I began practicing meditation because I wanted to be present more often in my life. I wasn’t surprised to find that meditating also helped me feel more centered during the day, or that it helped me fall asleep if I did it at night. What I didn’t expect was to learn something about forgiveness.
Although there are a lot of ways to practice mindfulness, my favorite is the typical “close your eyes and sit still for a while” version. I sometimes turn on calming music, but I usually rely on guided meditation, which is when you listen to a recording of someone telling you what to focus on. Even with that constant coaching, however, my mind still wanders.
Actually, it’s not the wandering that’s a problem. Rarely does meditating create a complete blank space in the mind. But, the goal is to simply notice these wandering thoughts, to let them wander on by without feeling the urge to grab on and let them yank you around.
This is the hardest part of meditating for me (and for most people.) I don’t just observe my thoughts; I chase after them, try to control them, and tell them where to go to wait for me until I’m done with this meditation business. From what I understand, this is pretty normal, and one of the benefits of meditating comes from letting go of these thoughts you’ve grabbed on to.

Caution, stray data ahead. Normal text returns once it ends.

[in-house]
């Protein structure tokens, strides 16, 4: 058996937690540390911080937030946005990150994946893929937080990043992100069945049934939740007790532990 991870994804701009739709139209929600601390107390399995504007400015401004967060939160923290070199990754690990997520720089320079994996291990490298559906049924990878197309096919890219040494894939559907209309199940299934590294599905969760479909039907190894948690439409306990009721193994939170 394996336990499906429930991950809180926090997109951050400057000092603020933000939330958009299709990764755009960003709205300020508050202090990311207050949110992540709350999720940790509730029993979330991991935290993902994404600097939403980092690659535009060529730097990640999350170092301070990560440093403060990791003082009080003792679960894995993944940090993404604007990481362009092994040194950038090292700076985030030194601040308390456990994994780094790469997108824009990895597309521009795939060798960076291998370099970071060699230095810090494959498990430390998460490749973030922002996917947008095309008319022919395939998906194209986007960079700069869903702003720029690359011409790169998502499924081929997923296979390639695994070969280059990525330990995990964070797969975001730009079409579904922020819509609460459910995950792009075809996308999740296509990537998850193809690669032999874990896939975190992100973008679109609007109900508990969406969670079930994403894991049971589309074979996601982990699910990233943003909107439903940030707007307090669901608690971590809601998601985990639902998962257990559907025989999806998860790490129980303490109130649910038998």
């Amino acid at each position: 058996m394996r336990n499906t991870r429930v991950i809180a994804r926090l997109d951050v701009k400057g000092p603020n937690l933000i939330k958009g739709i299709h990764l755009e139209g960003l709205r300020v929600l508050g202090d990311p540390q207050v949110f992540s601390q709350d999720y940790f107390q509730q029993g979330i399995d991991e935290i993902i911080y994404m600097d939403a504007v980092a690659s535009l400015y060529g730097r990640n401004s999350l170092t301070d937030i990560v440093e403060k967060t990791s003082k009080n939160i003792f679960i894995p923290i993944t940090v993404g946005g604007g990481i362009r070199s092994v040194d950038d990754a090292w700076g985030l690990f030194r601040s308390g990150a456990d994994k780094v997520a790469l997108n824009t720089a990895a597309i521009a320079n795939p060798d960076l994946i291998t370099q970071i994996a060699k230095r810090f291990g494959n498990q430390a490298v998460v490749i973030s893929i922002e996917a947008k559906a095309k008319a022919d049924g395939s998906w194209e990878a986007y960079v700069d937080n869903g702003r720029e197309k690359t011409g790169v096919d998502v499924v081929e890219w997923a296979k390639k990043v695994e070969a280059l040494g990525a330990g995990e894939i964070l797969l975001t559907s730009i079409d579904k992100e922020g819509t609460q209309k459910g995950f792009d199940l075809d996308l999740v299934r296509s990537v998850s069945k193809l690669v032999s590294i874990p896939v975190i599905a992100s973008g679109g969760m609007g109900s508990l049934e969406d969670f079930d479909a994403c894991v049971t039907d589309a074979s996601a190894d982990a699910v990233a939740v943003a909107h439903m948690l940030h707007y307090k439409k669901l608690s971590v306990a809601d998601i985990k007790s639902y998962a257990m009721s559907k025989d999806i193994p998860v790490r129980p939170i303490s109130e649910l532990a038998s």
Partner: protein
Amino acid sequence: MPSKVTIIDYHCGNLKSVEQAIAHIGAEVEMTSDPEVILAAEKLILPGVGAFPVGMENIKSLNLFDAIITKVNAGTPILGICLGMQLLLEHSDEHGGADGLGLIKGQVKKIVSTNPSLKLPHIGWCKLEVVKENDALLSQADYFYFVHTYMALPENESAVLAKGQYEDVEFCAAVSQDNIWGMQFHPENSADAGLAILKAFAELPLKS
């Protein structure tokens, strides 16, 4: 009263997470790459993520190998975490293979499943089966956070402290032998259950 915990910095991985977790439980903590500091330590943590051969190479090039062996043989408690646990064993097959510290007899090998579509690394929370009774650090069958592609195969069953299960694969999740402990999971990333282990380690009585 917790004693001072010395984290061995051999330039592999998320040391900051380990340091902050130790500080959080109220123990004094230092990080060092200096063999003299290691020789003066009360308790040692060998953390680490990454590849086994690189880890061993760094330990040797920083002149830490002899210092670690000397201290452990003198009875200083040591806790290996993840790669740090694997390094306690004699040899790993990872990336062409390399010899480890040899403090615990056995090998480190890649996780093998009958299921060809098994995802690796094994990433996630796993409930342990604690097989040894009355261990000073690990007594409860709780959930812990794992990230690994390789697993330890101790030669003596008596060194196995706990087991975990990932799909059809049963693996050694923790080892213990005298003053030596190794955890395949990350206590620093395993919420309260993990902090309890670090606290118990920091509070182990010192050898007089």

It’s the coming back to center that is so powerful.
And, for me, it’s the silence that comes next. It’s the lack of judgment about having gotten off course again. It’s resisting the urge to say “man, I am really bad at this meditating stuff!”
I have a lot of opportunities to practice not scolding myself when I meditate.
That not scolding is a form of forgiveness, and one many of us could benefit from practicing in our daily lives. It’s so easy to critique every move and decision we make, to curse the past even as we’re changing course. Rather than just say “Oh, wrong turn, time to readjust,” we have a tendency to throw in bits of “how could you be so stupid to take that turn?”
There’s no room for that in meditation.
Getting off track is as much a part of the process as getting back on is.
If I’m ever tempted to beat myself up for losing focus, it’s easy to remind myself that this is normal. Take a breath. Forgive. Take another breath. And just like that, you’re back in it again.
Without judgment. Without regret. Just coming back to center and moving on.
Have you learned something unexpected from meditating? I’d love to hear about your experiences in the comments.